Juon: Rhapsodische Sinfonie, Op. 95 & Sinfonietta
Jenkins, Graeme; Bamberger Symphoniker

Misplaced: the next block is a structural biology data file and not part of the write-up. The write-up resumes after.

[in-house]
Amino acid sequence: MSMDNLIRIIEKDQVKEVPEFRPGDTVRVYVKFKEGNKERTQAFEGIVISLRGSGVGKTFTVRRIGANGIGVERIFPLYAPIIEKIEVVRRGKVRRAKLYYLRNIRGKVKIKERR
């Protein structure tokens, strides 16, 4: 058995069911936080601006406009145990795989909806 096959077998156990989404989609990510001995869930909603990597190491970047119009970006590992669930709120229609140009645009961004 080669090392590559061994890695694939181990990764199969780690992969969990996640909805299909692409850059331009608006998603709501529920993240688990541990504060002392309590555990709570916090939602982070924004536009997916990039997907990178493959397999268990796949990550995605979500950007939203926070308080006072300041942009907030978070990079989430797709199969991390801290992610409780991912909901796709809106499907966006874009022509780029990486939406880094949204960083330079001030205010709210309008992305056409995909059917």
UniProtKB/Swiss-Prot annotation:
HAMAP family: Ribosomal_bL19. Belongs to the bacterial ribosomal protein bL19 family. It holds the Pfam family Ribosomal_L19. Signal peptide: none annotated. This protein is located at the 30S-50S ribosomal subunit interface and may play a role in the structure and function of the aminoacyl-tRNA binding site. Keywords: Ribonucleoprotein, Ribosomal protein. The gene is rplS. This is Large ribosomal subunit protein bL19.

After the composer Paul Juon had resigned from his professorship at the Berlin College of Music in 1934, he retired to the shores of Lake Geneva, where he wrote a series of remarkable orchestral works over a period of six years. These works by the Moscow-born Juon, whose ancestors had immigrated to Russia from Switzerland, included his last two symphonies, which once again display all his special qualities as a teller of musical tales and a lyrical and playful tone poet. The Rhapsodic Symphony op. 95 composed in 1937-38 is a grand narrative on the topic of the music with which Juon had concerned himself during the course of his life: Nordic and Russian tones can be heard in it as well as reminiscences of contemporary Central European music from Mahler to Strauss. Juon completed the Sinfonietta capricciosa op. 98, his last major composition for orchestra and a work that may be said to represent the reverse side of the "rhapsodic coin," in the summer of 1939. It has a classical three-movement structure and is kept simple in its form but is so "capricious" and intricate that like its elder sister work it only gradually reveals its full wealth – which means that here the process of musical discovery occurs in phases that are all the more fascinating because they too gradually bring to light new allusions and increase our associative pleasure with each new listening experience.